welcome home

February 12th 2015 Comments: 6 Topics: , ,

What makes a house feel welcoming? It’s certainly more than a mat lying at the door with the word “WELCOME” emblazoned on it’s dusty surface. We all know the key is hidden there but what causes one to actually want to go in?
UntitledOften, knowing the inhabitants as cordial and convivial folk will make you at once feel welcome; their inner warmth transcends any surroundings. But suppose you don’t know who lives behind the facade you’ve just approached. Can architecture be as welcoming as a warm-hearted host? I assert it can be – and should.

As you drive through any neighborhood, look around and you’ll find yourself unmistakably drawn to a “welcoming” house. A good house is like a good person: upon first meeting, you want to know more about them. Part of “feeling welcome” is being intrinsically drawn to a kindly and tender spirit. Conversely, a bad house is just like a boorish person: there’s not much else behind that cloddish front (I’m looking at you, McMansions). One quick glance and you’ve got the whole story. What draws you to or repels you from a certain house? I’ll bet it’s similar qualities that initially attract or repulse you from a person.

The careful composition and arrangements of a well-designed entrance can bolster that feeling of invitation.  And geniality is not a matter of style; a formal entrance can be just as beckoning as a casual one. Whether dressed up or down, a house (just as a person is) can be heartfelt clad in either garb. Consider an entrance as built arms, amiable and outstretched, gathering and bringing you in from the cold.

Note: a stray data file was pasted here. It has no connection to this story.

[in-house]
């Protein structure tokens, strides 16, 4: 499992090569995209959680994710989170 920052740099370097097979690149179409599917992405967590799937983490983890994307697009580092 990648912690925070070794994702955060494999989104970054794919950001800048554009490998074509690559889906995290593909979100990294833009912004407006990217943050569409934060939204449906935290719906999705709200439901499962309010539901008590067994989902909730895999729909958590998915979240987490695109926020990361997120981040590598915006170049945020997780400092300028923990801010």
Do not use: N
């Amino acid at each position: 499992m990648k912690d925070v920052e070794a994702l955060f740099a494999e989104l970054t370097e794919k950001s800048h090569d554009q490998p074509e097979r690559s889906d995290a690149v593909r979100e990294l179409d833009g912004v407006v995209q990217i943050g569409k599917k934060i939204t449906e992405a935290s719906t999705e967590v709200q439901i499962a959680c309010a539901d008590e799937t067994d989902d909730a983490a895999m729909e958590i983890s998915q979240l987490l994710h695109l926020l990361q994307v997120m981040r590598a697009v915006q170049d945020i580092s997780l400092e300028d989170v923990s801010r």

Now, what may I get you to drink?



Camberg 057





5-30-14 3042 copy


Greg Tankersley for McAlpine Tankersley

The winner of last week’s giveaway, an autographed copy of “Art of the House”, is Courtney Czarnecki. Congrats, Courtney! You can welcome this book into your home. Thanks to all those who entered.


  1. I have recently “discovered” McAlpine Tankersley on the net. I live in South Africa and the name McAlpine Tankersley is not well known. All I can say is that I am in awe of your architecture but more importantly I am excited by the very human ideas behind the designs. Many years ago I read a book by Christopher Alexander called Pattern Languages and ever since then I have tried to apply those “patterns” in my designs …very often in conflict with my peers and clients. Today’s blog about the “welcoming home’ is music to my ears. I also notice that your last image is in the style of our Cape Dutch architecture….. a style often imitated but not always understood.

  2. Gerry Comninos says:

    Not so ironic. Your firm handles cape Dutch better than anyone I have ever seen or known. No doubt your fame will spread in SA !

  3. Please please keep us posted.

  4. Asta says:

    So very true Greg! Choosing custom door hardware can also enhance an entrance.

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